A off of Sprinter-source. Dodge would not warranty it because they said it wasn't a problem. I have learned how to make the noise go away when it happens while driving. Now my van has K miles, it still makes the noise on occasion.
Thanks, guys. Turtle Administrator Staff member. The rumble strip noise, sounds like. My guess is the current owner of the van read that ridiculous maintenance directive that got lost in translation, actually believed it, and changed the transmission fluid "once only at 80, miles", and has never had it changed since.
I'd want to see complete maintenance records for any used Sprinter, but for an '03 especially, since those have some particular issues that were corrected in 04 and later models.
Learn More. Hello everyone.
Vibrates as the car accelerates
I have just purchased a Vito with 70, miles on the clock. I am experiencing a really bad vibration particularly when accelerating up hills, when i go over bumps and when i go around left hand corners. At times when im accelerating up hills and the hill is bumpy it is really bad to the point that the ASR light flashes on.
Or more likely suspension damage? Thanks Adam. AdamskiiNov 3, The most likely cause would be a worn propshaft joint. RoxieNov 4, I have recently started noticing a noise on my Viano which at first I suspected it was a wheel bearing but I have my doubts and am now thinking it could be the centre bearing on the propshaft. It's most noticeable around the 55mphmph mark and seems to quieten after a long run.
There is no vibration or juddering, just a slight droning bearing noise Does anyone know if the centre bearing is available as a separate item or is it a complete new propshaft or possible send it to one of the propshaft specialists for repair. Last edited: Nov 5, I need the Viano tomorrow, so I won't start pulling anything apart until Wednesday to see if that is my source of the noise.
After miles today I came home and raised the Viano on the ramp, I expected to feel a hot bearing as I am still convinced this is the source of my droning noise. There was no excess heat to be felt which left me thinking I might be on the wrong track with this.
So I decided to drop the propshaft at the bearings and give them a spin. The rear was first and it sounds quiet, but there is a bit of side movement which I'm not sure should be there, the front however sounded like it was dry and lacking grease, there is no access to getting grease into it. There was no roughness of the front bearing even though it sounds dry. So what I am looking for is information on how to change the bearings. Are they pressed into place? Any help will be appreciated. AdamskiiNov 7, I've just changed the centre bearings on my Viano today Can anyone please let me have the torque settings for the flanges onto the gearbox and diff?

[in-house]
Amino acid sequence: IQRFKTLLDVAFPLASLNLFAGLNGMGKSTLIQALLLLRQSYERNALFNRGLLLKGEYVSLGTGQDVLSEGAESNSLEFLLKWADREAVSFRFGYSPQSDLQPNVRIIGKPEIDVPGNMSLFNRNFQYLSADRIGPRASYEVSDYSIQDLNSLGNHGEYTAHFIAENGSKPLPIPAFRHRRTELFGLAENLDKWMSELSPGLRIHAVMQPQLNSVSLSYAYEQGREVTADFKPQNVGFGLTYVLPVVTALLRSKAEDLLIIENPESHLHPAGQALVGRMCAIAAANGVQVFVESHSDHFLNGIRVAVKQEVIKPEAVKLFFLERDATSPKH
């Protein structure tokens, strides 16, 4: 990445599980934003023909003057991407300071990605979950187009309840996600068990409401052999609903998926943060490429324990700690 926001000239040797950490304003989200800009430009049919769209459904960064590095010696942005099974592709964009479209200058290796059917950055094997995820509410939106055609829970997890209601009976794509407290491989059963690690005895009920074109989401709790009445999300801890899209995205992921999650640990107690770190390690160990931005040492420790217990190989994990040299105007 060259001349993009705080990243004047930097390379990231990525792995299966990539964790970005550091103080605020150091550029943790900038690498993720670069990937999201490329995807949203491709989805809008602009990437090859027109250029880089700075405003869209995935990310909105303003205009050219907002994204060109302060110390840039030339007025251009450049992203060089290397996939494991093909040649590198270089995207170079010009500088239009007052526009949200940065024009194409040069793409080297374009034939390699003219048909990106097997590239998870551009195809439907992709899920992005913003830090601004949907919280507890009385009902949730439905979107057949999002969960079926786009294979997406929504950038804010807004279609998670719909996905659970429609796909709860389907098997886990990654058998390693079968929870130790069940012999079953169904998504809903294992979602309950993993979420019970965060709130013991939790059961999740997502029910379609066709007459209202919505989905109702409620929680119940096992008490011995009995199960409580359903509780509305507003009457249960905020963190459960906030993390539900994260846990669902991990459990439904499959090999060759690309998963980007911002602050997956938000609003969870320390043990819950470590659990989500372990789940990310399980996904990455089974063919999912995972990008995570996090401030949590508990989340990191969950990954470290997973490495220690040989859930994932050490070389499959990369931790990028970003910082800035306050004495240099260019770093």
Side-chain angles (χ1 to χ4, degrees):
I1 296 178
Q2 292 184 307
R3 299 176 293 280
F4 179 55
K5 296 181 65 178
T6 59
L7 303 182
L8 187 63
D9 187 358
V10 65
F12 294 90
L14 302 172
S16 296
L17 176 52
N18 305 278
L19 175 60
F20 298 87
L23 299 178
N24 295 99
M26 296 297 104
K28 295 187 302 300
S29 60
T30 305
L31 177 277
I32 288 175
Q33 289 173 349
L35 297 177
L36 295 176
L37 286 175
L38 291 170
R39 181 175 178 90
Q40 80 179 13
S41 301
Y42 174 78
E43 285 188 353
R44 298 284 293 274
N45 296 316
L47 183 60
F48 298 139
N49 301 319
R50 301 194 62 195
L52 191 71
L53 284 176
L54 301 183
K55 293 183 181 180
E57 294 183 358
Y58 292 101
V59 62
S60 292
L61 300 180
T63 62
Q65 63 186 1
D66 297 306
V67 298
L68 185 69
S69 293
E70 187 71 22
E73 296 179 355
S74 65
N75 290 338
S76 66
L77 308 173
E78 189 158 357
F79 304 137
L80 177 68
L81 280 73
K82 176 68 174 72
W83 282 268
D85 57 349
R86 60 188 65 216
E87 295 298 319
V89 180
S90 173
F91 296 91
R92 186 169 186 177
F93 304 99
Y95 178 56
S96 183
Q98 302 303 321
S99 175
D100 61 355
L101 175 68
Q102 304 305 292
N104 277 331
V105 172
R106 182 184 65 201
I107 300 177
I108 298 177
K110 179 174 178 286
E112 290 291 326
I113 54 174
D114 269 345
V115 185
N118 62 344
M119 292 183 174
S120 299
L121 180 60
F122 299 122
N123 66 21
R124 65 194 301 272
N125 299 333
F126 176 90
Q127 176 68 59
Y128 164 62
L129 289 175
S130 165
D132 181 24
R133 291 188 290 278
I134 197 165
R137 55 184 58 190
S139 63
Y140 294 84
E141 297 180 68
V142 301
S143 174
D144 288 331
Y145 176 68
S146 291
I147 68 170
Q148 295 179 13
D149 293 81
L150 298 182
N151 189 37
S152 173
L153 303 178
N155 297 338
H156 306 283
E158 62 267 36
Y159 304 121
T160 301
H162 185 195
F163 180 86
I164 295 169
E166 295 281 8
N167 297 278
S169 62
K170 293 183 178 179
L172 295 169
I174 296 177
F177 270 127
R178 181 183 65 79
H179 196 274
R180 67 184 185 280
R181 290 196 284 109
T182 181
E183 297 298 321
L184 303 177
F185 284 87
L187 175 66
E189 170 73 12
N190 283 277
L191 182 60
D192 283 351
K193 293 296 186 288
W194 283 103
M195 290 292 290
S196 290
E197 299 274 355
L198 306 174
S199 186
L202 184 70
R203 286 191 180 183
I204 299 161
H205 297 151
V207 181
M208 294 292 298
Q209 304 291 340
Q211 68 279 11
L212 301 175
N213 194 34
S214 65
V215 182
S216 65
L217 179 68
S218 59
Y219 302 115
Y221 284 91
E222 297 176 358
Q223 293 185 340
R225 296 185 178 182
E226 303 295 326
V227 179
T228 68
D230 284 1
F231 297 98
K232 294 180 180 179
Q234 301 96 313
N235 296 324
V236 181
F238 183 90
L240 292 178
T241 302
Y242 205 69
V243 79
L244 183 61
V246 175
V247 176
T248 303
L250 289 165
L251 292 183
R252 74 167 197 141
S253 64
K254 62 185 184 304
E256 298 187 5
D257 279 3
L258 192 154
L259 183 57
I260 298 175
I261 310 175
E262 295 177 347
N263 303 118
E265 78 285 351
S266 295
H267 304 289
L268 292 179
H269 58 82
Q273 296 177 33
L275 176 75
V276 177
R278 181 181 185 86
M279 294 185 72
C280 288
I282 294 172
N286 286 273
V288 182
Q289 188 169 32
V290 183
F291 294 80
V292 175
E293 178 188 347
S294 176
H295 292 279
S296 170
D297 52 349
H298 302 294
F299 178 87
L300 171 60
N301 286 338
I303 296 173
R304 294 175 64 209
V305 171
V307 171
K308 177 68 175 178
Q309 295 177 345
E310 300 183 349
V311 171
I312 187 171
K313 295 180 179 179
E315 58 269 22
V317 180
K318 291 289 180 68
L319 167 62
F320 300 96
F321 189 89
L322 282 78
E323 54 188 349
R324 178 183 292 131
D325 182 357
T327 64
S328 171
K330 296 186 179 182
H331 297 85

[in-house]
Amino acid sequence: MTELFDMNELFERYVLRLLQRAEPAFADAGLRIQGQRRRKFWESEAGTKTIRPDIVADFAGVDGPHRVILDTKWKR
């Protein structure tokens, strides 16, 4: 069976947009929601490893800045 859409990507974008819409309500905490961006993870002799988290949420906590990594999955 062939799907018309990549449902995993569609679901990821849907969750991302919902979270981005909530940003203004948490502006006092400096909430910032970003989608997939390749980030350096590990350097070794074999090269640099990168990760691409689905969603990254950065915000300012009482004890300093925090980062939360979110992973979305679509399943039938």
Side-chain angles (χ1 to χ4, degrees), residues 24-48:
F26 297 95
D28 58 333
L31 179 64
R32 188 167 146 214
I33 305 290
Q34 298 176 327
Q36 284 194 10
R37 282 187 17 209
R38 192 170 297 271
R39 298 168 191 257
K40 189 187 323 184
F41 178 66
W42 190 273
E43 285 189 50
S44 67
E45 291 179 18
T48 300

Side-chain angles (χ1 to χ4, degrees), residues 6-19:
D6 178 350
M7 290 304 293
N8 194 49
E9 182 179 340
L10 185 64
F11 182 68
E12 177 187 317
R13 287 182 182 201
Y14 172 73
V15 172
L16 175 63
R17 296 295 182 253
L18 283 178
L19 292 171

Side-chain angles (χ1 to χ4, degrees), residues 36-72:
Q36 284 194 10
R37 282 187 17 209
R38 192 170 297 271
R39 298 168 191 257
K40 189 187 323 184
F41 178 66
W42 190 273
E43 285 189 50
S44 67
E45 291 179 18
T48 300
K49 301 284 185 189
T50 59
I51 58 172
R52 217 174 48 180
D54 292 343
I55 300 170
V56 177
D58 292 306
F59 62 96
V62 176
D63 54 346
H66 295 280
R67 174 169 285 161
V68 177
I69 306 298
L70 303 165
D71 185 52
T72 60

Last edited: Nov 13, NZkiwiNov 13, The dealer has taken 4 months, swapped hub bearings, tyres and wheels in an attempt to solve the noise to no avail. As of today the dealer is ordering in some specially adapted parts from Germany which are supposed to stop it. They were made for an earlier model of Viano but they are going to try and see if it stops the noise on mine. As I have noted there seems to be an issue with after sales service at Mercedes especially when the warranty is involved, I would just like to say that Stratstone Mercedes of Leeds has been absolutely dire!!!!
BigbirdMay 7, With age and less periodic maintenanceany car will shake and vibrate at the time of riding. However, some internal problems can also cause these problems and you should take them seriously. Do you know what parts to look into if your car shakes when accelerating? Most people will suspect tires and wheels but several other components could be the possible culprit. If you are wondering why your car vibrates when acceleratingyou are in the right place.
Tire problems could be a reason for the shaking issue. However, the following ones are also strong reasons for the shaking of a vehicle at the time of speeding up:. One or both could be the source of the problem. Any rough patches there will be magnified when the engine runs with power. A visual diagnosis will be enough for the U-joints. Look out if there is any rust gathering around the grease seal. Anything that causes the grease to disappear will create the shaking problem.
Even the slightest bend can be the reason for serious shaking, especially when the car speeds up. The surprising fact is even a minor fender-bender or a small bump in the road can lead to the twisting of the axle. Sometimes, the problem could be the result of a worn out CV joint that you will find at the end of the axle.
These are one of the main reasons for a car shakes when accelerating. The first thing you should check is if they are firmly attached to the wheels. A loose tire not only causes vibration but can also lead to major accidents. Unbalanced tires could be another source of shaking. If one tire is unstable, it can affect the others with time.
So, you should fix the problem immediately before it gets worse. If the tires are fine, the wheel is the next item that should come on your diagnosis list. Loose or damaged wheel bearings could give your vehicle a good shake at higher speeds. You may find damaged bearings in cars that have been driven extensively for many years.Log in or Sign up. Mercedes-Benz Owners' Forums.
If your driving along at a constant speed, it's all fine, but the moment you press on the accelerator, the car judders really badly from the rear for a few seconds before clearing up. It is very annoying to say the least and it happens consistently every time. The juddering is also noticeable at slower sleeps, when accelerating around town at 30mph, there is a very light judder again from the rear, barely noticeable, but above 40mph you can feel it more frequently and everytime when you pres the gas pedal down.
If I power through when accelerating, the judder does go away but obviously the problem is still there.
CLS320 Juddering/Vibration when accelerating
Once the cars warmed up a bit, it shifts smoothly. Initially I thought the tyres were worn so I've bought a new set of tyres all round and that hasn't solved it. The car has 60k on it and gearbox oil has been changed a couple of services ago. I've done a search on the forum prior to posting, but couldn't find anything similar to my problem on here other than the shift down issue. Apologies for the long post, just wanted to detail everything as well as I could.
Thanks for the prompt reply, I'll get them checked out asap. If it makes any difference, the vibration can be felt under my seat at high speeds but not in the steering wheel. That stays rock solid.
Generally torque converter issues can be felt when accelerating from 40mph uphill or under load. The problem is that yes a valve body can also cause a similar issue. Before doing anything it's always worth checking the oil and filter is not overdue, and also that you have the latest software version for the transmission running.
Just to add I have had x2 euro four cdi engines now that had torque converter symptoms and it turned out to be faulty injectors!!!!